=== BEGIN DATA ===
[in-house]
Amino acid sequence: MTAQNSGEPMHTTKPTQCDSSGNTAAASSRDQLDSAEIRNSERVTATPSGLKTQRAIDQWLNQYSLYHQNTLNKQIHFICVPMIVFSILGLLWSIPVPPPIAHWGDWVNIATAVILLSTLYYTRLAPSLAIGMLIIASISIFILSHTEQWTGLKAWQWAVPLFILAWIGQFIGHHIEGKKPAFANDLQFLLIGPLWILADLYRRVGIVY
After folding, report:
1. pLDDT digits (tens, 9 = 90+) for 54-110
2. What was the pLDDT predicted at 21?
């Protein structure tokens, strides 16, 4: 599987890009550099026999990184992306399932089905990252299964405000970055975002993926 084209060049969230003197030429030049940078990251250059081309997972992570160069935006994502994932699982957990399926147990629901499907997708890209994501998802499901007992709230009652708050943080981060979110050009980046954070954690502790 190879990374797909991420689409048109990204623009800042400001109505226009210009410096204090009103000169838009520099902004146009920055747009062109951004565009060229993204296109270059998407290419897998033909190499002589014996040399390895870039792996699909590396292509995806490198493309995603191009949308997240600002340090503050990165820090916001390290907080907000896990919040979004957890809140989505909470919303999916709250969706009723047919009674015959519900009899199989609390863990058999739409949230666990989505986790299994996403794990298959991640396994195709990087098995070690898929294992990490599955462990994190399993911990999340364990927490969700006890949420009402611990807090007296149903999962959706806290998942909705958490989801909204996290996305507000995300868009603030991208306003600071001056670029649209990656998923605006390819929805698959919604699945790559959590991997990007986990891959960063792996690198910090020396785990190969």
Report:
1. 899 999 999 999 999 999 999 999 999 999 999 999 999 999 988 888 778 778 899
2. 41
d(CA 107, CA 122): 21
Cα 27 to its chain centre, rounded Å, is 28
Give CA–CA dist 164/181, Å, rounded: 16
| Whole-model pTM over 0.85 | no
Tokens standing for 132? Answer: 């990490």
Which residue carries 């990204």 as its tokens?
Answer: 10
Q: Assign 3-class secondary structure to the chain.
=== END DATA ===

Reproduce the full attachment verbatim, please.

[in-house]
Amino acid sequence: MTAQNSGEPMHTTKPTQCDSSGNTAAASSRDQLDSAEIRNSERVTATPSGLKTQRAIDQWLNQYSLYHQNTLNKQIHFICVPMIVFSILGLLWSIPVPPPIAHWGDWVNIATAVILLSTLYYTRLAPSLAIGMLIIASISIFILSHTEQWTGLKAWQWAVPLFILAWIGQFIGHHIEGKKPAFANDLQFLLIGPLWILADLYRRVGIVY
After folding, report:
1. pLDDT digits (tens, 9 = 90+) for 54-110
2. What was the pLDDT predicted at 21?
């Protein structure tokens, strides 16, 4: 599987890009550099026999990184992306399932089905990252299964405000970055975002993926 084209060049969230003197030429030049940078990251250059081309997972992570160069935006994502994932699982957990399926147990629901499907997708890209994501998802499901007992709230009652708050943080981060979110050009980046954070954690502790 190879990374797909991420689409048109990204623009800042400001109505226009210009410096204090009103000169838009520099902004146009920055747009062109951004565009060229993204296109270059998407290419897998033909190499002589014996040399390895870039792996699909590396292509995806490198493309995603191009949308997240600002340090503050990165820090916001390290907080907000896990919040979004957890809140989505909470919303999916709250969706009723047919009674015959519900009899199989609390863990058999739409949230666990989505986790299994996403794990298959991640396994195709990087098995070690898929294992990490599955462990994190399993911990999340364990927490969700006890949420009402611990807090007296149903999962959706806290998942909705958490989801909204996290996305507000995300868009603030991208306003600071001056670029649209990656998923605006390819929805698959919604699945790559959590991997990007986990891959960063792996690198910090020396785990190969």
Report:
1. 899 999 999 999 999 999 999 999 999 999 999 999 999 999 988 888 778 778 899
2. 41
d(CA 107, CA 122): 21
Cα 27 to its chain centre, rounded Å, is 28
Give CA–CA dist 164/181, Å, rounded: 16
| Whole-model pTM over 0.85 | no
Tokens standing for 132? Answer: 């990490």
Which residue carries 């990204």 as its tokens?
Answer: 10
Q: Assign 3-class secondary structure to the chain.